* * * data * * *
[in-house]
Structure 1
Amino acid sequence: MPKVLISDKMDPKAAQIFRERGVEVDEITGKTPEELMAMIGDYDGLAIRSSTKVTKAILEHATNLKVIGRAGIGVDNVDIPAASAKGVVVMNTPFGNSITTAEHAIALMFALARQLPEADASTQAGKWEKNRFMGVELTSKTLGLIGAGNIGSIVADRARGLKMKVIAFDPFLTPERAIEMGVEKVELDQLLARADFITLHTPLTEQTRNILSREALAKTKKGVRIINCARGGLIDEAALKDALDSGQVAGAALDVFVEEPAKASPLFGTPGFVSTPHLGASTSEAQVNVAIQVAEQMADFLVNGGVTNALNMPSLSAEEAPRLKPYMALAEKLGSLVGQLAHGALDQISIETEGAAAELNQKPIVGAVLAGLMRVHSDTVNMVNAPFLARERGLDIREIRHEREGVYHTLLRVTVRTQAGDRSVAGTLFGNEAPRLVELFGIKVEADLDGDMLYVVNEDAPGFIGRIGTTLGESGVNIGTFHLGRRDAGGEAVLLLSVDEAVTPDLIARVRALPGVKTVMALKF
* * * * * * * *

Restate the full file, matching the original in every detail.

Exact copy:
[in-house]
Structure 1
Amino acid sequence: MPKVLISDKMDPKAAQIFRERGVEVDEITGKTPEELMAMIGDYDGLAIRSSTKVTKAILEHATNLKVIGRAGIGVDNVDIPAASAKGVVVMNTPFGNSITTAEHAIALMFALARQLPEADASTQAGKWEKNRFMGVELTSKTLGLIGAGNIGSIVADRARGLKMKVIAFDPFLTPERAIEMGVEKVELDQLLARADFITLHTPLTEQTRNILSREALAKTKKGVRIINCARGGLIDEAALKDALDSGQVAGAALDVFVEEPAKASPLFGTPGFVSTPHLGASTSEAQVNVAIQVAEQMADFLVNGGVTNALNMPSLSAEEAPRLKPYMALAEKLGSLVGQLAHGALDQISIETEGAAAELNQKPIVGAVLAGLMRVHSDTVNMVNAPFLARERGLDIREIRHEREGVYHTLLRVTVRTQAGDRSVAGTLFGNEAPRLVELFGIKVEADLDGDMLYVVNEDAPGFIGRIGTTLGESGVNIGTFHLGRRDAGGEAVLLLSVDEAVTPDLIARVRALPGVKTVMALKF